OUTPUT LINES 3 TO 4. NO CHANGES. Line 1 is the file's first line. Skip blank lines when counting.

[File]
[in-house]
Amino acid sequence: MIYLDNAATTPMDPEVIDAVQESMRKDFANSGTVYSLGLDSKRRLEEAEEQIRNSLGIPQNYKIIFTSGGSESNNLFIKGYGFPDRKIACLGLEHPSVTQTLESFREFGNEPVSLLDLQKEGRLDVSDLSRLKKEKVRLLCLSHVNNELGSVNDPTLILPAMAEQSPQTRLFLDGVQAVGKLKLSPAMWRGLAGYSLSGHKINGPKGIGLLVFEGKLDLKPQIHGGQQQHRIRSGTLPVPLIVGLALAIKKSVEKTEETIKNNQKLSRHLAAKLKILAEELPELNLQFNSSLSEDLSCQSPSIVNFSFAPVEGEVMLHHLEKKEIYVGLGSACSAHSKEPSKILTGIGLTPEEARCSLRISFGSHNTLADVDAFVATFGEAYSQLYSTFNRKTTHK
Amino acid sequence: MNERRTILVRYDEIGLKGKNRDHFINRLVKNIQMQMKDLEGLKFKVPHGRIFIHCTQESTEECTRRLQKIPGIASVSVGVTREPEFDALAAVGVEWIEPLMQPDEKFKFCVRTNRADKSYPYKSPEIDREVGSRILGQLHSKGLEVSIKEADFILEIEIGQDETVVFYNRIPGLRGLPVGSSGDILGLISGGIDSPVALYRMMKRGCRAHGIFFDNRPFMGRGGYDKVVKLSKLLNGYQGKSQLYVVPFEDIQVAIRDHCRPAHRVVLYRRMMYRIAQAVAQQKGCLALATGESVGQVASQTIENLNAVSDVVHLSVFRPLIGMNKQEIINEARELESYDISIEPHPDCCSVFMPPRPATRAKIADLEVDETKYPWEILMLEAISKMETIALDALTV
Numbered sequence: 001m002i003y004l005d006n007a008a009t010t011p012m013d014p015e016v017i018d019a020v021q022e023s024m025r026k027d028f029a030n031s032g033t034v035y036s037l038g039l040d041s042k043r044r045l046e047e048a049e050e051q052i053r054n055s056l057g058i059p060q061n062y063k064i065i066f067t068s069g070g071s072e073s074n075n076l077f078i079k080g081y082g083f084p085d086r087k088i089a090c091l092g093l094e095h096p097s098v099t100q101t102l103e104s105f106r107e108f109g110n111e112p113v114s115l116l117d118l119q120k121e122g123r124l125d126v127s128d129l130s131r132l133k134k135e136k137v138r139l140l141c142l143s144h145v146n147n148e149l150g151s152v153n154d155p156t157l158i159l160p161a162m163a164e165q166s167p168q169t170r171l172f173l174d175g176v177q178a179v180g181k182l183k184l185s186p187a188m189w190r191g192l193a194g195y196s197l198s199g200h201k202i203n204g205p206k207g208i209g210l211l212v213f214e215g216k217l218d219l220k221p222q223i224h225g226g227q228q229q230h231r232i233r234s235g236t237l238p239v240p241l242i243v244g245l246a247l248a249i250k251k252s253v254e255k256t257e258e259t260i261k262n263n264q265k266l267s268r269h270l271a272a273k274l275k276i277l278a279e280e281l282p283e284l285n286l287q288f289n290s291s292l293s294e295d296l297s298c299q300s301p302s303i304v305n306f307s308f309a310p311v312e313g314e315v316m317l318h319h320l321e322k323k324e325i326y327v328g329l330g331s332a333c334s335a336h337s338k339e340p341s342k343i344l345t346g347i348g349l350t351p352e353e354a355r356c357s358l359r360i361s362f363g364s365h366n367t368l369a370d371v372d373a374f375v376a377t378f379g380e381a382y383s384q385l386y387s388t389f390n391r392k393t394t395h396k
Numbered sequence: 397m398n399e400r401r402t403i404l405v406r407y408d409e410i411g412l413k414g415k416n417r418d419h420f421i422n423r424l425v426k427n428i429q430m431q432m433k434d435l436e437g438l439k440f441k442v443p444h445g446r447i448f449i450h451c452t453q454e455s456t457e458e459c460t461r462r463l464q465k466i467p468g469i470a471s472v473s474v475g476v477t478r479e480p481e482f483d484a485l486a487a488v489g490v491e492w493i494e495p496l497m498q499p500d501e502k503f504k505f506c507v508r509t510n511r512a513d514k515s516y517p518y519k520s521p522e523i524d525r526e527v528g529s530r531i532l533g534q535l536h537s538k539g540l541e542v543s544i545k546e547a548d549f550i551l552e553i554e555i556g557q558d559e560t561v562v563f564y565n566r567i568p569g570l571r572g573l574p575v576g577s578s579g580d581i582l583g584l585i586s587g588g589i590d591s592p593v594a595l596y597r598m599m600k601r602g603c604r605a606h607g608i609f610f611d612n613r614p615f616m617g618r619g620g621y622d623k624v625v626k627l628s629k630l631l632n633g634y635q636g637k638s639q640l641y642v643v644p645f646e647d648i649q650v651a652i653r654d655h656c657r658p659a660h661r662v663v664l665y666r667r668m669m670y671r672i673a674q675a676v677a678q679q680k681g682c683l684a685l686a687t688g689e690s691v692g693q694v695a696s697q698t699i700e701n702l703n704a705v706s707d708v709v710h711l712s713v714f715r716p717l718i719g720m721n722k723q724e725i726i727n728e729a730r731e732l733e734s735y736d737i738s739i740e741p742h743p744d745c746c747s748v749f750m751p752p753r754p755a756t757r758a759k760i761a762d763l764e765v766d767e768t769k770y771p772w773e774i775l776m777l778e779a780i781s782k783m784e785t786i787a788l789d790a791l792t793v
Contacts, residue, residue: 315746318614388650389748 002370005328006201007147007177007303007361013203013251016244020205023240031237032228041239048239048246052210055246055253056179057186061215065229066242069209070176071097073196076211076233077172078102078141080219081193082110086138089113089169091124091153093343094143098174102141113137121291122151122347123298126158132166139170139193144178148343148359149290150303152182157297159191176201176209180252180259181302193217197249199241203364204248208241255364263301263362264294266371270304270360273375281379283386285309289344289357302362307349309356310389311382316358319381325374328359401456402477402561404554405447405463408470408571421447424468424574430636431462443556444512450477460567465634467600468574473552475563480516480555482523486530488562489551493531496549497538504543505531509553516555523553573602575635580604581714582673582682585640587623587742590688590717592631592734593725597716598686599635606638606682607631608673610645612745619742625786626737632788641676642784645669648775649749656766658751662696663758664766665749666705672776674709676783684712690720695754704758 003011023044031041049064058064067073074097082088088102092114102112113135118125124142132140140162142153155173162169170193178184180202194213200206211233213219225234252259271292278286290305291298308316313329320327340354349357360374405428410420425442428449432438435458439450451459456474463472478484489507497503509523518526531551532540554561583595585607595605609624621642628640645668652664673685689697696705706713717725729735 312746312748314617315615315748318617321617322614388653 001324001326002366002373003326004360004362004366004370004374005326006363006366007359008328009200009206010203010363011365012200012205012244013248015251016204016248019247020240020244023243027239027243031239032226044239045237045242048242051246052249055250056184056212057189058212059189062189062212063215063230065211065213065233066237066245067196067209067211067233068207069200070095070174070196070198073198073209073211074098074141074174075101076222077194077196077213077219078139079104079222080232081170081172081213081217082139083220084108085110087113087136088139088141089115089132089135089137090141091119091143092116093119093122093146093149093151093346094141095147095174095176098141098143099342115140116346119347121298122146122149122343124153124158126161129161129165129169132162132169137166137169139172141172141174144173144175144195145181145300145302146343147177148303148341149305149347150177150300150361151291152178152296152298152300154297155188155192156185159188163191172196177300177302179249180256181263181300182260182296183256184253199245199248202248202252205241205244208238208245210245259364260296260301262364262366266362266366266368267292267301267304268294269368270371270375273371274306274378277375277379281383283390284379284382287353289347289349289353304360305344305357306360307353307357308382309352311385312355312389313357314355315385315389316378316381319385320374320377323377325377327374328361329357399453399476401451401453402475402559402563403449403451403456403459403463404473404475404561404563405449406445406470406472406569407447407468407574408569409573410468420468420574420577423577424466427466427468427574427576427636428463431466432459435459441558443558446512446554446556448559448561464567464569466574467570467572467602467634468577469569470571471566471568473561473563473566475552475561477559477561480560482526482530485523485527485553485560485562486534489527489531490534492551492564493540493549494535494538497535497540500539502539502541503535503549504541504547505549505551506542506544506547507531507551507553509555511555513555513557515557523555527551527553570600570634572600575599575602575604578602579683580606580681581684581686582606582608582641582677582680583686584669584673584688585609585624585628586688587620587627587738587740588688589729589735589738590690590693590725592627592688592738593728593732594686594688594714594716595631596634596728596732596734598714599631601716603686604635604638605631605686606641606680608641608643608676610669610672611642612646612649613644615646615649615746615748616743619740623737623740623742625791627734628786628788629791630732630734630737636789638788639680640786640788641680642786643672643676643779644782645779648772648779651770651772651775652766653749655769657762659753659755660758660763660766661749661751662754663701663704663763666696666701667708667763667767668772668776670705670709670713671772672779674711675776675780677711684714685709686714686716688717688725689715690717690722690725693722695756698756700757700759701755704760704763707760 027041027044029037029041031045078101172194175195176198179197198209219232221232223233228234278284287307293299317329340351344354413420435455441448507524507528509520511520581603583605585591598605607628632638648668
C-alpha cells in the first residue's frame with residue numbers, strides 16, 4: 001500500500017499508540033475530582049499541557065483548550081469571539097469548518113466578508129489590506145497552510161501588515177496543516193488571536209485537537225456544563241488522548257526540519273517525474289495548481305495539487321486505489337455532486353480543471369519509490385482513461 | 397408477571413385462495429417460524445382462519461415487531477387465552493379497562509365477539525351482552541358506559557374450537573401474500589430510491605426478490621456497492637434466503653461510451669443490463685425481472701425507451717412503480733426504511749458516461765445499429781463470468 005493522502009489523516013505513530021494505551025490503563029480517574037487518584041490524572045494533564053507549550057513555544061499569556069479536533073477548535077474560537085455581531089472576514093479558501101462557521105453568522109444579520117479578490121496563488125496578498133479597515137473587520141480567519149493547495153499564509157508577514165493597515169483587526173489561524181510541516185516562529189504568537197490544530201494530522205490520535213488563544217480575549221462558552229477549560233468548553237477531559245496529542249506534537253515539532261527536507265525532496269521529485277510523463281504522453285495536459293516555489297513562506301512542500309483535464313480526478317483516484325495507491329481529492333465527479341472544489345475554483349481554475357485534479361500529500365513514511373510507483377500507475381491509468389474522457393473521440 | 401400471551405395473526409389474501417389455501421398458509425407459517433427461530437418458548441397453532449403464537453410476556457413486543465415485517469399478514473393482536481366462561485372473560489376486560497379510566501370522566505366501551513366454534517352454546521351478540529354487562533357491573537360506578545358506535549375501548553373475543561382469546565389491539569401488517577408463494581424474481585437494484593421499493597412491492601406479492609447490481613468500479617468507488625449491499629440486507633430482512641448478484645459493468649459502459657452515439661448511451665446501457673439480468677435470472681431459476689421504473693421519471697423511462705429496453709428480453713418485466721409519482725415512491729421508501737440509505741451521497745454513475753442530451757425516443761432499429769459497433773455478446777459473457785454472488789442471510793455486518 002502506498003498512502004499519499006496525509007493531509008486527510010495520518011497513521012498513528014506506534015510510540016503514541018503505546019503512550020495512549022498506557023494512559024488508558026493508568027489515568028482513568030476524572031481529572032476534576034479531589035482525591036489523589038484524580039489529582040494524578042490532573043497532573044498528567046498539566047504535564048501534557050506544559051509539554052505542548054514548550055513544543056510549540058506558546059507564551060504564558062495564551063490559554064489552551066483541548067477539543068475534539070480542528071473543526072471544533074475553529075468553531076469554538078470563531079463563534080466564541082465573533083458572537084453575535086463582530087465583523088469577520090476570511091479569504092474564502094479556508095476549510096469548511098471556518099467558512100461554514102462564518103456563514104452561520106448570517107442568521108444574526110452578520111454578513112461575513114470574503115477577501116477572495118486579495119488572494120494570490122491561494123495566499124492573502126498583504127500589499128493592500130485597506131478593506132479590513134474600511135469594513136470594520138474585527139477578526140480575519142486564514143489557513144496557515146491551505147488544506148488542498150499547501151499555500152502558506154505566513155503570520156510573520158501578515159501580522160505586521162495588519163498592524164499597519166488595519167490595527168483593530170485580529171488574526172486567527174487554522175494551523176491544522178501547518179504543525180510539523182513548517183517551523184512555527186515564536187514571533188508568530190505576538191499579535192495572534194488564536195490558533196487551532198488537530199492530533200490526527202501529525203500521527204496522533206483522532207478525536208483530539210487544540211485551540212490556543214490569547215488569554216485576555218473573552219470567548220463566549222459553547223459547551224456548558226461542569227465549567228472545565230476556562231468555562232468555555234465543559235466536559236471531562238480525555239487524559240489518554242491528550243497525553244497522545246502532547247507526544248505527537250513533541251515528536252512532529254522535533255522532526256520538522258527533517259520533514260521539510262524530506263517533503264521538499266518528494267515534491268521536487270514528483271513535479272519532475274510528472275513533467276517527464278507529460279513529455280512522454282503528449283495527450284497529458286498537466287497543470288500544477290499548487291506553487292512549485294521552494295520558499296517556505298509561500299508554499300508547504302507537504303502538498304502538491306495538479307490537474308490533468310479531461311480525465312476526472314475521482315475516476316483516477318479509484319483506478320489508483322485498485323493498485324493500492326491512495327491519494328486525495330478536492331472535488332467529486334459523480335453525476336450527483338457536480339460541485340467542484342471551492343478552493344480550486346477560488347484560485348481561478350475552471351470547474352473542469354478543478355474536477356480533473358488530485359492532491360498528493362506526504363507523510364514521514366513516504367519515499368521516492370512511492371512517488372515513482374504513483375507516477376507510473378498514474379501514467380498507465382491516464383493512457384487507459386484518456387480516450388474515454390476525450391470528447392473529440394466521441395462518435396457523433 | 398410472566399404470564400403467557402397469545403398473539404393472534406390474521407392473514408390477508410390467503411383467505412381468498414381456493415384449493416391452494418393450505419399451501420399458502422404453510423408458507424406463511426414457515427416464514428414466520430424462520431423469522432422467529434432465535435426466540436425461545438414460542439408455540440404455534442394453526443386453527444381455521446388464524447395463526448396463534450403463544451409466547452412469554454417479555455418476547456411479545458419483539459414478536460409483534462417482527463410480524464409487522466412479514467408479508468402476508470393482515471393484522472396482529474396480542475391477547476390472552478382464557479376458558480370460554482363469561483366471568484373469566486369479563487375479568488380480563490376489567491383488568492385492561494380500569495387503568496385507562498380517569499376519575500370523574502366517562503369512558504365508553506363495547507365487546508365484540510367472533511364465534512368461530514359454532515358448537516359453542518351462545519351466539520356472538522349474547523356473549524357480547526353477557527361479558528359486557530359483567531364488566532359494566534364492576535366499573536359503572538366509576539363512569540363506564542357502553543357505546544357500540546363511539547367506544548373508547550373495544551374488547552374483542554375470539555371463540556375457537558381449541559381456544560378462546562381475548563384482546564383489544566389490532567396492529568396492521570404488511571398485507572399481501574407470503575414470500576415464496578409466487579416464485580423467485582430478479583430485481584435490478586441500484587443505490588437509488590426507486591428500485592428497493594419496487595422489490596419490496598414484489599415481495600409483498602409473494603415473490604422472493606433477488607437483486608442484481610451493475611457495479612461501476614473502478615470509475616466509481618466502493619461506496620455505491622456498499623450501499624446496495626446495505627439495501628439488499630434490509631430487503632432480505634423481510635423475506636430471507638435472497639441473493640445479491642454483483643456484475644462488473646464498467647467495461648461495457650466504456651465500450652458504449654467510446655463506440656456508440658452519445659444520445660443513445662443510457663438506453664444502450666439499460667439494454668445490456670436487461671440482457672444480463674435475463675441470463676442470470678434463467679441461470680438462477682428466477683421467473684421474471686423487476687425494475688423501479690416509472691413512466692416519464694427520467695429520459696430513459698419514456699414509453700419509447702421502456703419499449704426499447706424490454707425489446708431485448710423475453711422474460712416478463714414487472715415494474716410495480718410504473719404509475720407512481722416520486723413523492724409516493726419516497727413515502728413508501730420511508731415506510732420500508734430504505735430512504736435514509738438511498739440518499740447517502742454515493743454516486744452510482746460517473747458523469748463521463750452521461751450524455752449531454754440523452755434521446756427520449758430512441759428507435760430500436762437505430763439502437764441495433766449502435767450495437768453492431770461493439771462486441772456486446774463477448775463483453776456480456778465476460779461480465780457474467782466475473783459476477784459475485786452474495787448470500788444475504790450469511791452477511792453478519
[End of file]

Amino acid sequence: MNERRTILVRYDEIGLKGKNRDHFINRLVKNIQMQMKDLEGLKFKVPHGRIFIHCTQESTEECTRRLQKIPGIASVSVGVTREPEFDALAAVGVEWIEPLMQPDEKFKFCVRTNRADKSYPYKSPEIDREVGSRILGQLHSKGLEVSIKEADFILEIEIGQDETVVFYNRIPGLRGLPVGSSGDILGLISGGIDSPVALYRMMKRGCRAHGIFFDNRPFMGRGGYDKVVKLSKLLNGYQGKSQLYVVPFEDIQVAIRDHCRPAHRVVLYRRMMYRIAQAVAQQKGCLALATGESVGQVASQTIENLNAVSDVVHLSVFRPLIGMNKQEIINEARELESYDISIEPHPDCCSVFMPPRPATRAKIADLEVDETKYPWEILMLEAISKMETIALDALTV
Numbered sequence: 001m002i003y004l005d006n007a008a009t010t011p012m013d014p015e016v017i018d019a020v021q022e023s024m025r026k027d028f029a030n031s032g033t034v035y036s037l038g039l040d041s042k043r044r045l046e047e048a049e050e051q052i053r054n055s056l057g058i059p060q061n062y063k064i065i066f067t068s069g070g071s072e073s074n075n076l077f078i079k080g081y082g083f084p085d086r087k088i089a090c091l092g093l094e095h096p097s098v099t100q101t102l103e104s105f106r107e108f109g110n111e112p113v114s115l116l117d118l119q120k121e122g123r124l125d126v127s128d129l130s131r132l133k134k135e136k137v138r139l140l141c142l143s144h145v146n147n148e149l150g151s152v153n154d155p156t157l158i159l160p161a162m163a164e165q166s167p168q169t170r171l172f173l174d175g176v177q178a179v180g181k182l183k184l185s186p187a188m189w190r191g192l193a194g195y196s197l198s199g200h201k202i203n204g205p206k207g208i209g210l211l212v213f214e215g216k217l218d219l220k221p222q223i224h225g226g227q228q229q230h231r232i233r234s235g236t237l238p239v240p241l242i243v244g245l246a247l248a249i250k251k252s253v254e255k256t257e258e259t260i261k262n263n264q265k266l267s268r269h270l271a272a273k274l275k276i277l278a279e280e281l282p283e284l285n286l287q288f289n290s291s292l293s294e295d296l297s298c299q300s301p302s303i304v305n306f307s308f309a310p311v312e313g314e315v316m317l318h319h320l321e322k323k324e325i326y327v328g329l330g331s332a333c334s335a336h337s338k339e340p341s342k343i344l345t346g347i348g349l350t351p352e353e354a355r356c357s358l359r360i361s362f363g364s365h366n367t368l369a370d371v372d373a374f375v376a377t378f379g380e381a382y383s384q385l386y387s388t389f390n391r392k393t394t395h396k